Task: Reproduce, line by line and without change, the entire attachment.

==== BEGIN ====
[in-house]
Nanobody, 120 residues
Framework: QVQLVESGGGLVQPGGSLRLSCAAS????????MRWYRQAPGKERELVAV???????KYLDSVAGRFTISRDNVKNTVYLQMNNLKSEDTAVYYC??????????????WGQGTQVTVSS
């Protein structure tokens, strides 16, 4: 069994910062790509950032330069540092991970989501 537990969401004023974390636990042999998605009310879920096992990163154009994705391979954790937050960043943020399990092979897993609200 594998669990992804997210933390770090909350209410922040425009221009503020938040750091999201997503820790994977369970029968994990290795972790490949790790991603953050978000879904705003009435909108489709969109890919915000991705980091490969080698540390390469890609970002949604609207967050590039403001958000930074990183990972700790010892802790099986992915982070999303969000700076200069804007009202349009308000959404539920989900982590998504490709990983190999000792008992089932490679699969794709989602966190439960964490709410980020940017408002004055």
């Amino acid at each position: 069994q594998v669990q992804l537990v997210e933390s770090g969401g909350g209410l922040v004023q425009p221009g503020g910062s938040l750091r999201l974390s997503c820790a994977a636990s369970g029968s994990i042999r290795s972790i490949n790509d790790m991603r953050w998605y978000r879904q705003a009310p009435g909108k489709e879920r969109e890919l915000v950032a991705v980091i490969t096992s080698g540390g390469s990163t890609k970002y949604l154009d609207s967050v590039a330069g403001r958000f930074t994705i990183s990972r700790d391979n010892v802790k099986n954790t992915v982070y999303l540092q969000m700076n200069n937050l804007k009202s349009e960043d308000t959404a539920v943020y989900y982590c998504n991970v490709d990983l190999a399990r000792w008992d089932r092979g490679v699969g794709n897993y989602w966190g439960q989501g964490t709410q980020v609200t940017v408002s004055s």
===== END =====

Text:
[in-house]
Nanobody, 120 residues
Framework: QVQLVESGGGLVQPGGSLRLSCAAS????????MRWYRQAPGKERELVAV???????KYLDSVAGRFTISRDNVKNTVYLQMNNLKSEDTAVYYC??????????????WGQGTQVTVSS
């Protein structure tokens, strides 16, 4: 069994910062790509950032330069540092991970989501 537990969401004023974390636990042999998605009310879920096992990163154009994705391979954790937050960043943020399990092979897993609200 594998669990992804997210933390770090909350209410922040425009221009503020938040750091999201997503820790994977369970029968994990290795972790490949790790991603953050978000879904705003009435909108489709969109890919915000991705980091490969080698540390390469890609970002949604609207967050590039403001958000930074990183990972700790010892802790099986992915982070999303969000700076200069804007009202349009308000959404539920989900982590998504490709990983190999000792008992089932490679699969794709989602966190439960964490709410980020940017408002004055």
């Amino acid at each position: 069994q594998v669990q992804l537990v997210e933390s770090g969401g909350g209410l922040v004023q425009p221009g503020g910062s938040l750091r999201l974390s997503c820790a994977a636990s369970g029968s994990i042999r290795s972790i490949n790509d790790m991603r953050w998605y978000r879904q705003a009310p009435g909108k489709e879920r969109e890919l915000v950032a991705v980091i490969t096992s080698g540390g390469s990163t890609k970002y949604l154009d609207s967050v590039a330069g403001r958000f930074t994705i990183s990972r700790d391979n010892v802790k099986n954790t992915v982070y999303l540092q969000m700076n200069n937050l804007k009202s349009e960043d308000t959404a539920v943020y989900y982590c998504n991970v490709d990983l190999a399990r000792w008992d089932r092979g490679v699969g794709n897993y989602w966190g439960q989501g964490t709410q980020v609200t940017v408002s004055s």